What is active man-in-the-middle attack (MitM)? - Definition from WhatIs.com

Definition

active man-in-the-middle attack (MitM)

What is an active man-in-the-middle attack?

Active man-in-the-middle (MitM) is an attack method that allows an intruder to access sensitive information by intercepting and altering communications between the user of a public network and any requested website.

Avoiding logging in to sensitive sites from public locations can protect the user from conventional man-in-the-middle attacks. However, in an active MitM attack, the perpetrator manipulates communications in such a way that they can steal information for sites accessed at other times. The attacker can then use that information for identity theft or other types of fraud.

An active MitM may be conducted in a number of ways. Here's one method:

  1. The attacker listens to communications transmitted over a public network.
  2. The victim accesses the Internet over the network and browses to an innocuous website, such as a mainstream news site.
  3. The website server processes the request and responds to it.
  4. The attacker intercepts the response sent from the server and interjects an IFrame object targeting their chosen site.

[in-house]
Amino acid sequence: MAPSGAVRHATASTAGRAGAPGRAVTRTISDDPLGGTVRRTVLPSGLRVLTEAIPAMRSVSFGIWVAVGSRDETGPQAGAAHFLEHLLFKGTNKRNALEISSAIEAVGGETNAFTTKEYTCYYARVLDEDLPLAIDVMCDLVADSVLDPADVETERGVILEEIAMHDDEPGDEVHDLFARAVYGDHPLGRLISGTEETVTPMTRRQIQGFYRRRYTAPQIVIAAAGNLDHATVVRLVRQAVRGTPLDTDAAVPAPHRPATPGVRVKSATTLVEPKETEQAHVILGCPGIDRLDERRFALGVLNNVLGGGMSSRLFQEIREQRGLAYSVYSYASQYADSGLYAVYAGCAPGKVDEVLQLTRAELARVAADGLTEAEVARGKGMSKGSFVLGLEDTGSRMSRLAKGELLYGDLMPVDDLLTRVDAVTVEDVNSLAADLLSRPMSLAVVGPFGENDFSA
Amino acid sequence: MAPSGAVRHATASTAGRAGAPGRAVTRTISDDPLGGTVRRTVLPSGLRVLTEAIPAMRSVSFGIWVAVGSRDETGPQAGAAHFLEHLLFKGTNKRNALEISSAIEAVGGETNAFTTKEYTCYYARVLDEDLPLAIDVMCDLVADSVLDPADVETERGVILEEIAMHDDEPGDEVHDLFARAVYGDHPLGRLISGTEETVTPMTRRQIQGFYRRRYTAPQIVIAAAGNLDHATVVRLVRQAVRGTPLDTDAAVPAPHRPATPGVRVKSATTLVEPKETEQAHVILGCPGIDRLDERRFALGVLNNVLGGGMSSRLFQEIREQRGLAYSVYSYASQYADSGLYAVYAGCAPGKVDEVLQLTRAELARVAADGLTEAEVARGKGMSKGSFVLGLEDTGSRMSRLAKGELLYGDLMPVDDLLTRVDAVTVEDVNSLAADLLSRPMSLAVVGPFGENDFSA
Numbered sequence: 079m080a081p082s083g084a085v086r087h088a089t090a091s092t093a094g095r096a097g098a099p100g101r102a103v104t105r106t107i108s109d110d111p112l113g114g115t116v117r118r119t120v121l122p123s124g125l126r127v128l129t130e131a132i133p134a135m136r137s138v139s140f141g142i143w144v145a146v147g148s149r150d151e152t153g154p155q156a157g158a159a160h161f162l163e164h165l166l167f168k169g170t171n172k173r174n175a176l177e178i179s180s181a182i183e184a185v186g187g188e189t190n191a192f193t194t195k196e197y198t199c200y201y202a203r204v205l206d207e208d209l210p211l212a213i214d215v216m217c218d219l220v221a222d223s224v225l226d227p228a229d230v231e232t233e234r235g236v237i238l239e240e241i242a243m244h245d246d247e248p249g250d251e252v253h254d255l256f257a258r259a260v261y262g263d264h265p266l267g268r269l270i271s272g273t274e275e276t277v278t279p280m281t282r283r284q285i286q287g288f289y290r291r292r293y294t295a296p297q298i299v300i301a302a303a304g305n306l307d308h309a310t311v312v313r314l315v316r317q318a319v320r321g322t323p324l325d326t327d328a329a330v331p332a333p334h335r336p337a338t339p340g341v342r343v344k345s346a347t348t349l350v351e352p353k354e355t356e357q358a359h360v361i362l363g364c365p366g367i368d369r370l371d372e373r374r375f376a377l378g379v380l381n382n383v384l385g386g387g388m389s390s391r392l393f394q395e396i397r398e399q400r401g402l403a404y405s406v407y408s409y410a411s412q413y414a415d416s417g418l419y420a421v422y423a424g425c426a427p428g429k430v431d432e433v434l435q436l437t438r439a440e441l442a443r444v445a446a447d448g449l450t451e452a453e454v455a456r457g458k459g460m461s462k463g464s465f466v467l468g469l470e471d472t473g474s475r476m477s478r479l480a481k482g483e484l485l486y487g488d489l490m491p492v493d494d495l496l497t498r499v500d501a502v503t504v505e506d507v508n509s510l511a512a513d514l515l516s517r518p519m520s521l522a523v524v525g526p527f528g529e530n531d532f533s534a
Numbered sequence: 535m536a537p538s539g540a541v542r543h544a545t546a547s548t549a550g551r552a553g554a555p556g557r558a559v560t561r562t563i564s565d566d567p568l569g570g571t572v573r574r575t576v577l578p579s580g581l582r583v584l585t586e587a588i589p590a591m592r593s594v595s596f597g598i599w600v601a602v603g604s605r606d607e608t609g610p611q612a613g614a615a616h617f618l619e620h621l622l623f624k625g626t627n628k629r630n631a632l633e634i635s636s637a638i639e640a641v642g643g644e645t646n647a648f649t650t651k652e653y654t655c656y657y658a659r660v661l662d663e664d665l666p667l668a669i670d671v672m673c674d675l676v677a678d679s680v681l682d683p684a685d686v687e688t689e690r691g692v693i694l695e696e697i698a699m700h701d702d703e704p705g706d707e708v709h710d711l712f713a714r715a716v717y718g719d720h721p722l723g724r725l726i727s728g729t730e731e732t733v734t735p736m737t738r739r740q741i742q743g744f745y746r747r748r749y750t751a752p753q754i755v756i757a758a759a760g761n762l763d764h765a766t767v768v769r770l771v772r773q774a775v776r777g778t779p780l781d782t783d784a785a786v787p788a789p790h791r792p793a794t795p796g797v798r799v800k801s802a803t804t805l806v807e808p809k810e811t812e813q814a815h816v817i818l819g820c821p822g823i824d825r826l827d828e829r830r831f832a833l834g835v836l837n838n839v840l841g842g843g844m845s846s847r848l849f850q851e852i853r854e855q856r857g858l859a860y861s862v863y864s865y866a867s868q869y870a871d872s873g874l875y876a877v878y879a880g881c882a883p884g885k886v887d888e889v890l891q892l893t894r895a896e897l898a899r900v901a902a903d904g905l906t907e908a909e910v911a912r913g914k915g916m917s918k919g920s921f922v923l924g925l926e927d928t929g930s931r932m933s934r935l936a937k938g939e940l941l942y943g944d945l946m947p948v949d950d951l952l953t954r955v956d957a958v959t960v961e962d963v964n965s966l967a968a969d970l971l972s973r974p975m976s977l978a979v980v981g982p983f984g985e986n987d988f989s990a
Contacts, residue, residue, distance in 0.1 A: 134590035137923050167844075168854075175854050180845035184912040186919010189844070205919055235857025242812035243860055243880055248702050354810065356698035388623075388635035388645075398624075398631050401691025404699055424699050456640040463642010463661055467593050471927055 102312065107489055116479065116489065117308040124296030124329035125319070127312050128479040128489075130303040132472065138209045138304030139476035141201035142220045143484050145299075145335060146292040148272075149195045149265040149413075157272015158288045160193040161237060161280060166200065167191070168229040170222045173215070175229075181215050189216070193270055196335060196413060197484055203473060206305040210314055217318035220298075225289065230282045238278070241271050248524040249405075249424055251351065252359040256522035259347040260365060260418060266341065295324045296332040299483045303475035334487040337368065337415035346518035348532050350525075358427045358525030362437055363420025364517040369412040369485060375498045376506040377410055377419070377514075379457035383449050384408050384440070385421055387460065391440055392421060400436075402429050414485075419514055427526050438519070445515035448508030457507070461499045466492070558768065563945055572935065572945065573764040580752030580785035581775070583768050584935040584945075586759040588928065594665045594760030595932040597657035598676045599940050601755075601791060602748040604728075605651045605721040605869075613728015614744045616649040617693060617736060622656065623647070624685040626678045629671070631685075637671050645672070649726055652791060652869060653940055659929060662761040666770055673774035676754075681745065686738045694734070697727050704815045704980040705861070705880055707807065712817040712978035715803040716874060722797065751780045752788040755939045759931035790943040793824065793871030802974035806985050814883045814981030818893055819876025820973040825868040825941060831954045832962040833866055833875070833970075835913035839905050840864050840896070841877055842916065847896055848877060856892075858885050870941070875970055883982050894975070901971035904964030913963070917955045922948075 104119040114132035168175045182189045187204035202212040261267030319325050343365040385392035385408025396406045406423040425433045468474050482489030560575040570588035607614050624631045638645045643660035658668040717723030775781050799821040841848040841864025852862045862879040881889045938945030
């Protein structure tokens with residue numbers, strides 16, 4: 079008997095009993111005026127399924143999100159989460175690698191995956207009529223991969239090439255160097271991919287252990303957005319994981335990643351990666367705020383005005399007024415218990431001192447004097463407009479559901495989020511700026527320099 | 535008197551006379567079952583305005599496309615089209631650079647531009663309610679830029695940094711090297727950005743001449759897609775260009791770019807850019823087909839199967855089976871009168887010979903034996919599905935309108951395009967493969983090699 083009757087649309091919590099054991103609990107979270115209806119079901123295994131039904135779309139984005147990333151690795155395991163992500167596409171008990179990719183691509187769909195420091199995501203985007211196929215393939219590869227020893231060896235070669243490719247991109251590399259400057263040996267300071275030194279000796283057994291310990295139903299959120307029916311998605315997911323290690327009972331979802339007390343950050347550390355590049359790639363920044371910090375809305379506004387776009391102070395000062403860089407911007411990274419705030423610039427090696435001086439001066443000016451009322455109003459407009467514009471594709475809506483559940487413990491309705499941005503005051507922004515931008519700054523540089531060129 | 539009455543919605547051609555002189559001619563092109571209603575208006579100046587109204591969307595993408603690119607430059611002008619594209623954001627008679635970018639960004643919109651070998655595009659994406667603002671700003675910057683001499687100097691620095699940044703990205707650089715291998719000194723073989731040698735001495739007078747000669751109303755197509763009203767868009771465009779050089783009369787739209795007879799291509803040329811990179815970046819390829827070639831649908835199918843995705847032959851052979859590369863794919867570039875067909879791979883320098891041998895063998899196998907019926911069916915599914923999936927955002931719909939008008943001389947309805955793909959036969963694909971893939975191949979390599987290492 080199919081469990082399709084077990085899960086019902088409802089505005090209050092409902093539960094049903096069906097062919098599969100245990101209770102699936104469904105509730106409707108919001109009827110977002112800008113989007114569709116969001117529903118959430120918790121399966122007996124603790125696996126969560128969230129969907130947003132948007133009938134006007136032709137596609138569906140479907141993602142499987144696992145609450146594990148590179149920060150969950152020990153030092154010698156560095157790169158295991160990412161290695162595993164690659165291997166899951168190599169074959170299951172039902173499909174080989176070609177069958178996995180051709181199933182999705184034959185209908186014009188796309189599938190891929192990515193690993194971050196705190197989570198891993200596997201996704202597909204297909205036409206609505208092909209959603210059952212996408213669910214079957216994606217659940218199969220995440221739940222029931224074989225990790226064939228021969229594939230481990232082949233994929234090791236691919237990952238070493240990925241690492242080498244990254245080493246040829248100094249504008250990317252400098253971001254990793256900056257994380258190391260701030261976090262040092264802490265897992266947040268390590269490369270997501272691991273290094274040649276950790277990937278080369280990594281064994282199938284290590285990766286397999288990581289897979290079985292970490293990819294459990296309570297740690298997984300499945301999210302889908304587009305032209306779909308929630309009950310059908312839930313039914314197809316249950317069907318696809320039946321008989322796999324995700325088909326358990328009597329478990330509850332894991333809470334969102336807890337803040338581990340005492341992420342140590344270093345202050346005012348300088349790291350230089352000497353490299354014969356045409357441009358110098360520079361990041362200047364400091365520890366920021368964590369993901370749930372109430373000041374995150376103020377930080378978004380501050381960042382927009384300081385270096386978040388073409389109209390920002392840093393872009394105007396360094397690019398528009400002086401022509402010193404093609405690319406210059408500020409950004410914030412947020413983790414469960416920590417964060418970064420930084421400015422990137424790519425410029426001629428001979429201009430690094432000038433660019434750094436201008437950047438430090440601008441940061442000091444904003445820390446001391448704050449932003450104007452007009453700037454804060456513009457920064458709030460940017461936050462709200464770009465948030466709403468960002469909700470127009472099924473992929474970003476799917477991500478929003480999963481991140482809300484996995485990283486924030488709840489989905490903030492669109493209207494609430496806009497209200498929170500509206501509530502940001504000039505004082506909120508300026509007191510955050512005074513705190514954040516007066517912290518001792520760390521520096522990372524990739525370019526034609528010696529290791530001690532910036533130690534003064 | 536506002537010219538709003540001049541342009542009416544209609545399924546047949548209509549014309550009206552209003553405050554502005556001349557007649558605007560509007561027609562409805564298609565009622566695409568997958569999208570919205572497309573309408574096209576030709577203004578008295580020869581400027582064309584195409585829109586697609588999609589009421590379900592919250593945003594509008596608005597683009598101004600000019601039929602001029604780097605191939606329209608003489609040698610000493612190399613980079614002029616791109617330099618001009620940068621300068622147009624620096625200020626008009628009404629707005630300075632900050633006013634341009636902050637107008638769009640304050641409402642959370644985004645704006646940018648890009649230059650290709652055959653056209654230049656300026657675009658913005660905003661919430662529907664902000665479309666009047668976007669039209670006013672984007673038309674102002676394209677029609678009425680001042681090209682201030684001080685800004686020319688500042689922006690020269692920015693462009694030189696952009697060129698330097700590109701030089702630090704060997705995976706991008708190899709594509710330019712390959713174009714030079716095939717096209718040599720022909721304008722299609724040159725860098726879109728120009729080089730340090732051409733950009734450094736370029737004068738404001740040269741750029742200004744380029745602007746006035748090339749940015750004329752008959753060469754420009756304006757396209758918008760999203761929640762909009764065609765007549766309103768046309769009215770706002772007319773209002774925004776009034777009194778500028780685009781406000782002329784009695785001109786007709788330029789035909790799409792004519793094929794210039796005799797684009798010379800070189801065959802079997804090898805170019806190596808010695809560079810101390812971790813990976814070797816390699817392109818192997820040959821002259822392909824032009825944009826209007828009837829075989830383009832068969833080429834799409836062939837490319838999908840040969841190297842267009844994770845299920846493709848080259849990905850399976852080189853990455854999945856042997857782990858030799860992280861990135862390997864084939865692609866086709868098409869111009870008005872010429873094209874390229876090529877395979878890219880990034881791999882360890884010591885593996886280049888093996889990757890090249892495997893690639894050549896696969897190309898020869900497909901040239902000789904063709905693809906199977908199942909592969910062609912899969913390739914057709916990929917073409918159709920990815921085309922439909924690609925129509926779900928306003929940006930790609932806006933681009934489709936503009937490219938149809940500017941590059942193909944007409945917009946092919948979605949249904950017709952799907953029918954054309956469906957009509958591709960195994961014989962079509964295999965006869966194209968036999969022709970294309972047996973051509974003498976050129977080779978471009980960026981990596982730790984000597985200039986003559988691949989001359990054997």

5. When the user's browser receives the compromised response, it invisibly requests that website along with the cookie storing user credentials for the site.
  6. This response allows the attacker to log in to the site and interact in any way that the valid user can.

The attacker may also use cache poisoning to prolong the attack.

Roi Saltzman and Adi Sharabani reported on active man-in-the-middle attacks in February 2009. Although the researchers stress that you can't protect yourself from active MitM attacks completely, they offer a number of suggestions for safer browsing. Saltzman and Sharabani recommend that before connecting to a public network, you delete all cookies and cache files. That should mean there is no data for an attacker to steal. When you disconnect from the public network, you should repeat the process so that any suspect data generated during the session will be removed. The researchers also recommend dedicating one browser to public browsing and never using that browser to access sites with sensitive data.

This was last updated in December 2009
Posted by: Margaret Rouse

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